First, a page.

In one meta-analysis of 49 studies in the workplace involving close to 9,000 people, influencers who used rational persuasion were found to be successful only about 12 percent of the time. The reason for such a low success rate is that people are far less influenced by logical reasons than by positive emotions or the prospect of reward. To be more successful using the sixth principle, you should present reasons that make someone feel, rather than think, that your idea is a good choice.

Behavior-Related Principles

Principle Seven—Inertia. In many situations, human behavior occurs in a predictable sequence, almost as if people’s actions are being driven by an invisible force such as inertia. For example, when you enter your front door, you might follow a specific sequence of actions: Place keys on rack, get drink from fridge, put feet on coffee table, turn TV on! The same thing happens at presentations when the speaker invites the audience to ask questions. Almost invariably, no one will volunteer a question for 30 seconds, and then everyone will compete for the microphone to have the chance to speak.

With knowledge and practice, you can learn to identify the chain of behaviors most likely to occur in a particular situation. Then, instead of fighting that inertia, you can use that flow of activity to your advantage. Given what is most likely to happen, what is your best move?

To gain more influence over people and decisions at work, you need to focus your energy and efforts on achieving that outcome—do not try to achieve too many things at once.

Principle Eight—End-Goal Focus. Imagine you are on a small motorboat attempting to reach a faraway shore with a dwindling source of fuel. The more you steer your boat from side to side, the more likely you are to run out fuel and fail to reach your goal.

This fuel analogy is highly relevant in any discussion about influence and persuasion because people have limited focus and energy with which to make decisions. Further, behavioral science demonstrates that our brains are programmed to be very easily distracted, which can pull us away from the task at hand.

To gain more influence over people and decisions at work, you need to start by clearly defining the outcome you want to achieve. Then, focus your energy and efforts on achieving that outcome—do not try to win every argument at the meeting or to achieve too many things at once. As a 16th-century proverb stresses, “If you try to run after two hares, you will catch neither.”

Principle Nine—Execution. Planning and executing a plan are not the same thing. The key to applying the ninth principle is to practice executing your plan by assuming behaviors that are most strongly linked to persuasion, such as standing upright, using familiar words, and speaking in a voice that matches the emotion of the message.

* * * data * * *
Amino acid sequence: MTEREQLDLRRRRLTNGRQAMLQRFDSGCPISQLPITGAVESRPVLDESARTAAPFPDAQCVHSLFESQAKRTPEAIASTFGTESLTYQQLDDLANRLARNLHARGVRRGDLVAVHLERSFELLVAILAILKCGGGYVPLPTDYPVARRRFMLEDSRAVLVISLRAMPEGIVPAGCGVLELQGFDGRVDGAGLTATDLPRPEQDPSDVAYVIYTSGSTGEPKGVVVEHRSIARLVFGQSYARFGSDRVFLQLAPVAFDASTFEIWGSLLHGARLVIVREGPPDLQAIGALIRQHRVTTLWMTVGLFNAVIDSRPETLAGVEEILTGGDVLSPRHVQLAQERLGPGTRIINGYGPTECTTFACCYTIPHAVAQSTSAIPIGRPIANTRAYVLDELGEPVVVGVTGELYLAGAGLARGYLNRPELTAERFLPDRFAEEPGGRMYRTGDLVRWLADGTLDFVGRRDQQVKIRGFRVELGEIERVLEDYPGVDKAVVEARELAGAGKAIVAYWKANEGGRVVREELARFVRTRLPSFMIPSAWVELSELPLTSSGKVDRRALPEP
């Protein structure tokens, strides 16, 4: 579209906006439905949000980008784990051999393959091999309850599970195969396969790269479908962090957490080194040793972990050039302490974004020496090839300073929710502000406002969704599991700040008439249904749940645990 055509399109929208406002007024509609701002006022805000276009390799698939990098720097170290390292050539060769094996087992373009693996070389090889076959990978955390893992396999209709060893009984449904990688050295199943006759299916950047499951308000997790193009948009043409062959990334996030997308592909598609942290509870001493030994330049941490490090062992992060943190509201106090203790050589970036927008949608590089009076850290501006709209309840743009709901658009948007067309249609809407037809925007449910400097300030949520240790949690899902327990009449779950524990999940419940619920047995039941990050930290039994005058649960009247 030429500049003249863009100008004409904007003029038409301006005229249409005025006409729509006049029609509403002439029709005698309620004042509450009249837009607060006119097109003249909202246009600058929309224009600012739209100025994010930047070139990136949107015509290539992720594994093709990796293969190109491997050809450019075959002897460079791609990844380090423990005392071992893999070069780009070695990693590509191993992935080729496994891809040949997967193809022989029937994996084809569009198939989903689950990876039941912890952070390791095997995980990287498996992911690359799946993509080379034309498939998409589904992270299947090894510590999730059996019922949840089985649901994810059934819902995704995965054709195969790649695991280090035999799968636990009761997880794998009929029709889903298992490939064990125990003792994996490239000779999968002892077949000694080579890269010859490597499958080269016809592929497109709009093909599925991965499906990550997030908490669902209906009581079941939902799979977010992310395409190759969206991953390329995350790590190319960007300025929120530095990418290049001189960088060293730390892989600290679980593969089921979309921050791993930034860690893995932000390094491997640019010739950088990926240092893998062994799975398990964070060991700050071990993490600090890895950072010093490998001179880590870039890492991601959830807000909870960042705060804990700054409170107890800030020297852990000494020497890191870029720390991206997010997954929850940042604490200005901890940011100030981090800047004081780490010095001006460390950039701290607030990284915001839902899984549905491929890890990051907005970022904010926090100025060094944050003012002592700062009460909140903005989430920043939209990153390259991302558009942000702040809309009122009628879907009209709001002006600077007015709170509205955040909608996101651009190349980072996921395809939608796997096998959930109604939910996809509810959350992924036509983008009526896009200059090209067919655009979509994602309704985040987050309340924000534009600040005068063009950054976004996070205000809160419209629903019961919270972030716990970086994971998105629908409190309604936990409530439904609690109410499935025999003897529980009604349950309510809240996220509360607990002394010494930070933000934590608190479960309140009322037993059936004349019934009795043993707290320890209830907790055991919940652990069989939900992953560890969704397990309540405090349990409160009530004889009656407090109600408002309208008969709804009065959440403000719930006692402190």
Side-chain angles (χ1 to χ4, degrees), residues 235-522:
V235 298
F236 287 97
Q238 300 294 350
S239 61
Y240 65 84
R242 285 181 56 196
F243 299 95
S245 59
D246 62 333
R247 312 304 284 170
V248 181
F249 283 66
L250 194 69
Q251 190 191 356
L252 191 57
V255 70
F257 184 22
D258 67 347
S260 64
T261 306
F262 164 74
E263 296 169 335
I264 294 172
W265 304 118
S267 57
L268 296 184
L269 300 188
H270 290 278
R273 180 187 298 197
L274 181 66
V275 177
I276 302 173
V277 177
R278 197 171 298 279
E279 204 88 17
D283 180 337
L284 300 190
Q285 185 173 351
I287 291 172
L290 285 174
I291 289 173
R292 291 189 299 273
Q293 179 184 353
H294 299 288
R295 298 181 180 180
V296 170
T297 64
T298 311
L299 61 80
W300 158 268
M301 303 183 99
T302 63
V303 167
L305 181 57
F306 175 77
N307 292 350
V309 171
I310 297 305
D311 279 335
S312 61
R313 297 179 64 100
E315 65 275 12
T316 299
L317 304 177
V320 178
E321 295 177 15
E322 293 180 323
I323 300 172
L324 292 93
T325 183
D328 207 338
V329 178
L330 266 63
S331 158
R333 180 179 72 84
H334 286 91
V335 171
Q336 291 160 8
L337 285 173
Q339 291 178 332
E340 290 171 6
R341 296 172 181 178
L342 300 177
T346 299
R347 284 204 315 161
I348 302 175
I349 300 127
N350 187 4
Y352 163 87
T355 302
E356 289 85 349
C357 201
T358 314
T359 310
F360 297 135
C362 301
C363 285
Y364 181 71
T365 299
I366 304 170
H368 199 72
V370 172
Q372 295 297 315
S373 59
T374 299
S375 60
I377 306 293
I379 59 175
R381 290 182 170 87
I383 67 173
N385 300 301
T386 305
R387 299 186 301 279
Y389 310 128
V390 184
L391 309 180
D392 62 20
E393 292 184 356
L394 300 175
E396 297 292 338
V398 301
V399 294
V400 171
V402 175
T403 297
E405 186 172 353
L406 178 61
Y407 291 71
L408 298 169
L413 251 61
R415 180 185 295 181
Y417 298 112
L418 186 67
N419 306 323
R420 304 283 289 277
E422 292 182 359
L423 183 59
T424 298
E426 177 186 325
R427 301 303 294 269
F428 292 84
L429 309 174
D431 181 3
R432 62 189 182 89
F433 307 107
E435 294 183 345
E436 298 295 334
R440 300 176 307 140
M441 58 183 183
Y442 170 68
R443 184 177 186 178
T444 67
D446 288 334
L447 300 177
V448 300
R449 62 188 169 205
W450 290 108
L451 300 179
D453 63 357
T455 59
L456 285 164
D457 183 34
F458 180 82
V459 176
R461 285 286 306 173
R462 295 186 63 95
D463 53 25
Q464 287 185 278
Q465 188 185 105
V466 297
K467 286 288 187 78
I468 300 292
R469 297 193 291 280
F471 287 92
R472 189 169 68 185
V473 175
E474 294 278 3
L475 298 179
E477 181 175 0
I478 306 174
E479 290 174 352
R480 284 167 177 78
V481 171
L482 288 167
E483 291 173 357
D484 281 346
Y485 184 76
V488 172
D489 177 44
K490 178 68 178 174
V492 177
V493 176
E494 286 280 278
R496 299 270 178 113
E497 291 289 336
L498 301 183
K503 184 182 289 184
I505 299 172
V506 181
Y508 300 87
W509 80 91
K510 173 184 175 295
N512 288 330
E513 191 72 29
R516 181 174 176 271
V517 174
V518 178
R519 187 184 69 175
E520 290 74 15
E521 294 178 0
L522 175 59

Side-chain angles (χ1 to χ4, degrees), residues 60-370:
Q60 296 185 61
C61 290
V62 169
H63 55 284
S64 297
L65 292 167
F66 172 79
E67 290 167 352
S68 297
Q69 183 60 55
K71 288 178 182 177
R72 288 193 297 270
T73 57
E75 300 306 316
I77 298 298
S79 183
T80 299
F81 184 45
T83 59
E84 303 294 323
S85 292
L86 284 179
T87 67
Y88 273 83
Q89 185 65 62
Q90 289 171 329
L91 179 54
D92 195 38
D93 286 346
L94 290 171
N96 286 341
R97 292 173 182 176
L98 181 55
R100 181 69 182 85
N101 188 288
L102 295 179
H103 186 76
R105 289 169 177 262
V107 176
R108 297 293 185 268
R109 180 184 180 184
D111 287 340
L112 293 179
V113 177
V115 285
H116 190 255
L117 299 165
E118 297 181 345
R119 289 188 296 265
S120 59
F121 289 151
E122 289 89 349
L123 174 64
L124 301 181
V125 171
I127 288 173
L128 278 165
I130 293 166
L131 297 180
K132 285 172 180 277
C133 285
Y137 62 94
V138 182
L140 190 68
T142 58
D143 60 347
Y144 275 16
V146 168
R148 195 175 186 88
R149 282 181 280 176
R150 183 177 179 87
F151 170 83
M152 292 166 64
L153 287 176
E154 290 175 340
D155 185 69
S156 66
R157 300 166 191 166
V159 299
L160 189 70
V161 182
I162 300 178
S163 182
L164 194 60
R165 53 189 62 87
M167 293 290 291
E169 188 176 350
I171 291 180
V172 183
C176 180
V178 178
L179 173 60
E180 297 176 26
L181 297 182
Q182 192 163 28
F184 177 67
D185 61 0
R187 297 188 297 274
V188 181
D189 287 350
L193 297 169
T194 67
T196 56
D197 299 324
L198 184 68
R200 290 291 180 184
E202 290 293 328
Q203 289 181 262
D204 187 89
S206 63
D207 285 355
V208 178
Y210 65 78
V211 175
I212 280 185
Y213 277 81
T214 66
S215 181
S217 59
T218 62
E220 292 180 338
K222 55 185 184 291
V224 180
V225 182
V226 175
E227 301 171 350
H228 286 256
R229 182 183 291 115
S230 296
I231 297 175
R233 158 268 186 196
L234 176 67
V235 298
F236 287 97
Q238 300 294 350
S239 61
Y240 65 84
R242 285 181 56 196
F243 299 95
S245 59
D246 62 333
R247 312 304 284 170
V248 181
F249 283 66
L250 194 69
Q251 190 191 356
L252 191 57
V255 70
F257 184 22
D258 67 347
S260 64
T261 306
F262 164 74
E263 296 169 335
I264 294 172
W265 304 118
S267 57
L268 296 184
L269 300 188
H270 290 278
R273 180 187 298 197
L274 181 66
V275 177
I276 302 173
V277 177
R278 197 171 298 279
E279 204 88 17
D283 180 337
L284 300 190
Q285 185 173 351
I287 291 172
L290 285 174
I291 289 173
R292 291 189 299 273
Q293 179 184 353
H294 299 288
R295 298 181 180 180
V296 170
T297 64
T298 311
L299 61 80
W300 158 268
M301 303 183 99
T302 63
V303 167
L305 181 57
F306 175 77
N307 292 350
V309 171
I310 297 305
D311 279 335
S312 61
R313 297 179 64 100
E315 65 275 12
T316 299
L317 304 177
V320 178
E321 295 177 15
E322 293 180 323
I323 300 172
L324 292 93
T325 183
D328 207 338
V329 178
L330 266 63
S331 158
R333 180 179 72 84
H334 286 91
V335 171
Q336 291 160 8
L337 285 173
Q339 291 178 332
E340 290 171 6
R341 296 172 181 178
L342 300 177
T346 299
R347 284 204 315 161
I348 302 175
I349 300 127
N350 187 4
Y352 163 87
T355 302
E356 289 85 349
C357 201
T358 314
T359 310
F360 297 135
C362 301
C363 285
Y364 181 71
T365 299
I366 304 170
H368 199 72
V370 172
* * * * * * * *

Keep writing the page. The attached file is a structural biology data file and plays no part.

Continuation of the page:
Although science has identified these actions as effective ways to influence others, they are significantly different from the more passive and less deliberate default posture, words, and voice people normally use. Because it can be too difficult to focus simultaneously on what you are saying and how you are saying it, it’s critical that you practice making microadjustments in your execution in advance of any real-life interactions.

How to Get Started

Whether you are a student, faculty member, or business leader, when you master these nine principles, you will be prepared to wield influence throughout your career. But the true first step to improving your skill in influencing people and decisions is to suspend your usual, logical approach to achieving this goal, which is not as effective as you might believe.

And remember: Wielding influence at work is not a competition. Your goal should not be to overshadow others or “win” at their expense. Instead, your goal should be to improve your ability to influence and persuade others compared to your efforts before your use of scientific approaches.

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Amanda Nimon-Peters
Professor of Leadership, Hult International Business School
The views expressed by contributors to AACSB Insights do not represent an official position of AACSB, unless clearly stated.